May/June 2006Hurricane Warning - Storms on the Horizonby Marc Rapport

South Carolina is prone to all types of natural hazards - from earthquakes to hurricanes. We can prepare for some more easily than for others. So as we move into hurricane season, we want to provide you with information on how to get ready for the possibility that a big storm will make landfall along our coast.

As I note in the next few pages, we at the DNR provide science information to the state Emergency Preparedness Division to help them better prepare the public during the storm season. For those of you who are weather buffs, you'll find in this pull-out section a lot of information on past hurricane seasons, particularly last year.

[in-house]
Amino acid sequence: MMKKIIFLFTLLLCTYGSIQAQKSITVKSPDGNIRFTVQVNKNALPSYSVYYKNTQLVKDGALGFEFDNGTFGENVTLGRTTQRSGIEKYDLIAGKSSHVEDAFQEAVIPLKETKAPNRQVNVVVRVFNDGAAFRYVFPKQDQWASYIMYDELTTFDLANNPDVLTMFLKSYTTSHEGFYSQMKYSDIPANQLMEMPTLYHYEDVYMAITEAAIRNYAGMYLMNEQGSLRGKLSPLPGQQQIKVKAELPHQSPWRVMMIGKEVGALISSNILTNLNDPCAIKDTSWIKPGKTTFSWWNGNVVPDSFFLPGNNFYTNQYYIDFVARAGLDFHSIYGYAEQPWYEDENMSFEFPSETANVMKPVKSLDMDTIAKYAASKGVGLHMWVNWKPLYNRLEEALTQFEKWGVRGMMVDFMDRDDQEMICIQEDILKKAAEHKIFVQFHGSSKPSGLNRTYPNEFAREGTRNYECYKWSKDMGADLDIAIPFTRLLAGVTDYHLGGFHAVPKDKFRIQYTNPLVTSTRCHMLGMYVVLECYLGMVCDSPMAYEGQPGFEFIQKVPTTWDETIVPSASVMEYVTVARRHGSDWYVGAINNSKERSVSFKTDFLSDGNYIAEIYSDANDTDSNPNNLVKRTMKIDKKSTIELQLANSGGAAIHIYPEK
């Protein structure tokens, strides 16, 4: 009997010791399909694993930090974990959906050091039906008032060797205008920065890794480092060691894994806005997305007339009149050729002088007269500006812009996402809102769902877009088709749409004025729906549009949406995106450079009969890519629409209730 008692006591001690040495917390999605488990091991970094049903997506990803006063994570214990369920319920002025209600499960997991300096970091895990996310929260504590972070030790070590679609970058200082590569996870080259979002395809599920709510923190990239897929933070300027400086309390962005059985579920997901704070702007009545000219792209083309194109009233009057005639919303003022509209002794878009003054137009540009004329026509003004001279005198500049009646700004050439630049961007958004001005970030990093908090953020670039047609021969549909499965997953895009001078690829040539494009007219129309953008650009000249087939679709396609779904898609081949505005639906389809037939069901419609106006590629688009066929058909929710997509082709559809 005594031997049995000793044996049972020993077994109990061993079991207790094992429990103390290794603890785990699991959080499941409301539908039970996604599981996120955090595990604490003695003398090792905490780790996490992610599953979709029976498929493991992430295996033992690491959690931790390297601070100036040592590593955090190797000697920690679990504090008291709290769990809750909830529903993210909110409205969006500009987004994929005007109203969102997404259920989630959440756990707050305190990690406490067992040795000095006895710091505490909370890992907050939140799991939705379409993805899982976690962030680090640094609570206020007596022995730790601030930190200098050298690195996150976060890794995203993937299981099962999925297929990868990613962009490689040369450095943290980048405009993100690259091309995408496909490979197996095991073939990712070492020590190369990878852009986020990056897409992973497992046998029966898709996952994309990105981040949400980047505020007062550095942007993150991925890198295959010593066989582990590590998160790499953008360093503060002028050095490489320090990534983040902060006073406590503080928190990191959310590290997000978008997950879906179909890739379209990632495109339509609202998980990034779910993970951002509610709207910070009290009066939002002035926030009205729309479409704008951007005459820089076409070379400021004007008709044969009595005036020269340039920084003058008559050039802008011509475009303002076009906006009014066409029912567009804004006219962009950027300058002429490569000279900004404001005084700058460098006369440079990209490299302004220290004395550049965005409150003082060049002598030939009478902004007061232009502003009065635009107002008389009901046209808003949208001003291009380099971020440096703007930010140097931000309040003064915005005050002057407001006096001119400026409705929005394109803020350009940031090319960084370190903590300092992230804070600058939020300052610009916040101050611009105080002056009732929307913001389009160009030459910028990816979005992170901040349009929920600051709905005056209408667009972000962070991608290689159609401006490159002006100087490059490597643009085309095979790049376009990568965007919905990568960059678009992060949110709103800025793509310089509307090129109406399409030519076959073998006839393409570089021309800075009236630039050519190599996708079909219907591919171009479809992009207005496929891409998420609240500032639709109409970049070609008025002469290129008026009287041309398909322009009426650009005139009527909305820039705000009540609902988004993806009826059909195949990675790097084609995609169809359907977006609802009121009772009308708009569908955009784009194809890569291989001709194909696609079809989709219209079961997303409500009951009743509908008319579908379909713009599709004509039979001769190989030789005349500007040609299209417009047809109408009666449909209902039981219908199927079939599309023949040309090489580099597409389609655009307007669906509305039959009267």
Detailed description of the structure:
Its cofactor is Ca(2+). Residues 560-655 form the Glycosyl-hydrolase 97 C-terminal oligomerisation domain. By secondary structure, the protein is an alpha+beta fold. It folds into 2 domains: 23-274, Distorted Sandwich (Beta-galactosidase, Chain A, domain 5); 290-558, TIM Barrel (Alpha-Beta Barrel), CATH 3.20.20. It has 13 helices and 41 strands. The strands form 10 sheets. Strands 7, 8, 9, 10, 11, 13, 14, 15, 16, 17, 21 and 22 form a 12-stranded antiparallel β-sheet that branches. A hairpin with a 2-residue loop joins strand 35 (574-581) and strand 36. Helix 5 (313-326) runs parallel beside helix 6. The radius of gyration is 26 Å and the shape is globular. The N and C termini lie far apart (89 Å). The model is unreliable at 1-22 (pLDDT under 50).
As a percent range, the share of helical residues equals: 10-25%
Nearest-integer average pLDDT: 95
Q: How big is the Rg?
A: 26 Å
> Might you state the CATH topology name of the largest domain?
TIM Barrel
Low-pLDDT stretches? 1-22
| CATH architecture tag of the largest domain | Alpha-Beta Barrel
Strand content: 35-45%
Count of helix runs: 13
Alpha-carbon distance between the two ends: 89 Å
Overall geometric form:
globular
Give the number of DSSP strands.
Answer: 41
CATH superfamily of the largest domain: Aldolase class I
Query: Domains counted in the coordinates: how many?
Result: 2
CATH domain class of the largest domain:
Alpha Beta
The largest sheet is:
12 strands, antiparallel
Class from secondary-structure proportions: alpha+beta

You'll also read more about the effects of global change on hurricane strength and frequency. Most climate researchers agree the planet is warming - last year was the warmest year since 1880. Since most climate researchers accept the data that demonstrate global warming and agree that warming could lead to more frequent, stronger hurricanes, it is prudent to plan accordingly.

The Palmetto State hasn't experienced a "big" hurricane since Hugo in 1989. Our coastal population has grown by 30 percent (248,000) since then and will continue to grow, so we must take extra care to be prepared to deal with a storm of that magnitude. I hope you will take a few minutes to learn what you need to do to get ready for hurricane season and how the various agencies within state government are working to help prepare for these events. Are you prepared?

Alfred H. (Freddy) Vang
Deputy Director
DNR Land, Water & Conservation Division

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